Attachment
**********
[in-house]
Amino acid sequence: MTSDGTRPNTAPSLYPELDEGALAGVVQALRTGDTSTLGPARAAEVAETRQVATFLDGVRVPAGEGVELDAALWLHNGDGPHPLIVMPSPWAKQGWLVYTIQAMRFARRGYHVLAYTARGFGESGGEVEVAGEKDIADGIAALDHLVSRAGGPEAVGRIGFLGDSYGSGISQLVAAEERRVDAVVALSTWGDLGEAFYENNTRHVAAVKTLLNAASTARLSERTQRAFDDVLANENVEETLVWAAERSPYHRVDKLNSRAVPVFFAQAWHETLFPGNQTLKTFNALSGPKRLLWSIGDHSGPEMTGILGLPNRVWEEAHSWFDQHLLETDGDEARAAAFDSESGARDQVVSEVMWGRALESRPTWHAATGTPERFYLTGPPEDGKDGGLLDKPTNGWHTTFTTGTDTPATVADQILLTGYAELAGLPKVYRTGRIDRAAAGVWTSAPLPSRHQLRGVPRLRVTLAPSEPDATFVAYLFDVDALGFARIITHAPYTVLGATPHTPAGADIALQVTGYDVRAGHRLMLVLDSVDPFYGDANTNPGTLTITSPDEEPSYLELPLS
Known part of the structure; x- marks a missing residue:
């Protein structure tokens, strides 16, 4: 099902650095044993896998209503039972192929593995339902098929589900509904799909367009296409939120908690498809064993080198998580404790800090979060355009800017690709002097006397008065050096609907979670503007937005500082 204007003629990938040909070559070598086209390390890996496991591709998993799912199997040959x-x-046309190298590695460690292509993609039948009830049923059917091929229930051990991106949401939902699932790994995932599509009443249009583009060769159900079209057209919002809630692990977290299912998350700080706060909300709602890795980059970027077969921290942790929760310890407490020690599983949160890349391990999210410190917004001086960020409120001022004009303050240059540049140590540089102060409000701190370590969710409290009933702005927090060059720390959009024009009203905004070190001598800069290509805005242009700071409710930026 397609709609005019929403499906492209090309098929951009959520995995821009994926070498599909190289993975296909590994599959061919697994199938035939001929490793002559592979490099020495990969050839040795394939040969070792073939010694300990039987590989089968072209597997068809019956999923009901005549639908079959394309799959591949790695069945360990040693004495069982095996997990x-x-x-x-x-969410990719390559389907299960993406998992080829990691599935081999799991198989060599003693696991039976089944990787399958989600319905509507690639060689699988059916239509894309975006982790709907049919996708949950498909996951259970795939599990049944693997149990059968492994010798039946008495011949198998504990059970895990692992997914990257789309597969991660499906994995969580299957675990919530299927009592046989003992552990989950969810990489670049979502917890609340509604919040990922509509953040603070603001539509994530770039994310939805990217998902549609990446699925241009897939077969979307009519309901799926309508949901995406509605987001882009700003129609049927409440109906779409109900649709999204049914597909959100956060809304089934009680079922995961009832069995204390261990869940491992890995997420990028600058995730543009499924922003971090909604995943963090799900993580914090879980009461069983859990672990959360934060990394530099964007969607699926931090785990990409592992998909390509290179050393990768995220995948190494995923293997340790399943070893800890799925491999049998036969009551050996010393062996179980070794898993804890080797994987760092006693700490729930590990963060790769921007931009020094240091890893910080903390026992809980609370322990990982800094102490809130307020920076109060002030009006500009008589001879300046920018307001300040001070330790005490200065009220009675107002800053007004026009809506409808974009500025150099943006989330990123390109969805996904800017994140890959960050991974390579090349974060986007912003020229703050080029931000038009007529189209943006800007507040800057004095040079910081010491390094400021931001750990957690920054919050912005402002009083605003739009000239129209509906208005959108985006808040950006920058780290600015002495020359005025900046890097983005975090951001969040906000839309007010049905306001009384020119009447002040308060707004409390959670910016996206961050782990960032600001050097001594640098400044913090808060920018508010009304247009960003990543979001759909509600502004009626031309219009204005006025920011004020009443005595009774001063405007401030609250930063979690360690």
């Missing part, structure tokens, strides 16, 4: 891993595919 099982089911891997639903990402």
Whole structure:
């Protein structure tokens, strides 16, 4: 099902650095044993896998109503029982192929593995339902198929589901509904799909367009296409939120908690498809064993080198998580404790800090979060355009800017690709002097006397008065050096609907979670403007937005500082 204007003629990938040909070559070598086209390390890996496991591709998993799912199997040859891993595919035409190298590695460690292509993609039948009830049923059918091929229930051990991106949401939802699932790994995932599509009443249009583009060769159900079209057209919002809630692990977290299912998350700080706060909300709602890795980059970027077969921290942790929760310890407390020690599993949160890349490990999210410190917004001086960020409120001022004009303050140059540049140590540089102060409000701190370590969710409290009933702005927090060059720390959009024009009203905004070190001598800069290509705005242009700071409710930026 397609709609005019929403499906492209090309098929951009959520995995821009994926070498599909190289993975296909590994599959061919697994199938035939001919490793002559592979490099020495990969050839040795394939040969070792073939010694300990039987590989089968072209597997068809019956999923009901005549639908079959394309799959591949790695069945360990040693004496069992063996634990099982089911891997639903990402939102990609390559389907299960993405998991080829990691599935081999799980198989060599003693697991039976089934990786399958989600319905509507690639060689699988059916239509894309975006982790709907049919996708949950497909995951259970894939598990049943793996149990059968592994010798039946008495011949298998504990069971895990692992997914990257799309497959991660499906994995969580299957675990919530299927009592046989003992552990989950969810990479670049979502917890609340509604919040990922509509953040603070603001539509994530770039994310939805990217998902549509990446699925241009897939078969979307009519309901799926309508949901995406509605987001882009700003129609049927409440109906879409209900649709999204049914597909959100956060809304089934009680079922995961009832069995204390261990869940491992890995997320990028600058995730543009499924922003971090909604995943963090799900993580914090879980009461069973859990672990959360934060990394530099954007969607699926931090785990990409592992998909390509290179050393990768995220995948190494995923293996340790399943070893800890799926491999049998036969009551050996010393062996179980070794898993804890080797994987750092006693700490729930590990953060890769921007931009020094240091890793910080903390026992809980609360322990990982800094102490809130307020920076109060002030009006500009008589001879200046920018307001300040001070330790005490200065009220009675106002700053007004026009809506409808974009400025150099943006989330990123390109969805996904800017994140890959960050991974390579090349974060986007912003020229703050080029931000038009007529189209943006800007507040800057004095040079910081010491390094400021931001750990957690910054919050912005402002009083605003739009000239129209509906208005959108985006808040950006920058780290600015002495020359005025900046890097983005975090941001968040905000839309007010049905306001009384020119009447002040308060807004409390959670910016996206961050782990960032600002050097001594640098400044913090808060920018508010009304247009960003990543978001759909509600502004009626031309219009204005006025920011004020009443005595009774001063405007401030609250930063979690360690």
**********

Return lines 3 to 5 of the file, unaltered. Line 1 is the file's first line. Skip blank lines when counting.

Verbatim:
Known part of the structure; x- marks a missing residue:
């Protein structure tokens, strides 16, 4: 099902650095044993896998209503039972192929593995339902098929589900509904799909367009296409939120908690498809064993080198998580404790800090979060355009800017690709002097006397008065050096609907979670503007937005500082 204007003629990938040909070559070598086209390390890996496991591709998993799912199997040959x-x-046309190298590695460690292509993609039948009830049923059917091929229930051990991106949401939902699932790994995932599509009443249009583009060769159900079209057209919002809630692990977290299912998350700080706060909300709602890795980059970027077969921290942790929760310890407490020690599983949160890349391990999210410190917004001086960020409120001022004009303050240059540049140590540089102060409000701190370590969710409290009933702005927090060059720390959009024009009203905004070190001598800069290509805005242009700071409710930026 397609709609005019929403499906492209090309098929951009959520995995821009994926070498599909190289993975296909590994599959061919697994199938035939001929490793002559592979490099020495990969050839040795394939040969070792073939010694300990039987590989089968072209597997068809019956999923009901005549639908079959394309799959591949790695069945360990040693004495069982095996997990x-x-x-x-x-969410990719390559389907299960993406998992080829990691599935081999799991198989060599003693696991039976089944990787399958989600319905509507690639060689699988059916239509894309975006982790709907049919996708949950498909996951259970795939599990049944693997149990059968492994010798039946008495011949198998504990059970895990692992997914990257789309597969991660499906994995969580299957675990919530299927009592046989003992552990989950969810990489670049979502917890609340509604919040990922509509953040603070603001539509994530770039994310939805990217998902549609990446699925241009897939077969979307009519309901799926309508949901995406509605987001882009700003129609049927409440109906779409109900649709999204049914597909959100956060809304089934009680079922995961009832069995204390261990869940491992890995997420990028600058995730543009499924922003971090909604995943963090799900993580914090879980009461069983859990672990959360934060990394530099964007969607699926931090785990990409592992998909390509290179050393990768995220995948190494995923293997340790399943070893800890799925491999049998036969009551050996010393062996179980070794898993804890080797994987760092006693700490729930590990963060790769921007931009020094240091890893910080903390026992809980609370322990990982800094102490809130307020920076109060002030009006500009008589001879300046920018307001300040001070330790005490200065009220009675107002800053007004026009809506409808974009500025150099943006989330990123390109969805996904800017994140890959960050991974390579090349974060986007912003020229703050080029931000038009007529189209943006800007507040800057004095040079910081010491390094400021931001750990957690920054919050912005402002009083605003739009000239129209509906208005959108985006808040950006920058780290600015002495020359005025900046890097983005975090951001969040906000839309007010049905306001009384020119009447002040308060707004409390959670910016996206961050782990960032600001050097001594640098400044913090808060920018508010009304247009960003990543979001759909509600502004009626031309219009204005006025920011004020009443005595009774001063405007401030609250930063979690360690």
């Missing part, structure tokens, strides 16, 4: 891993595919 099982089911891997639903990402």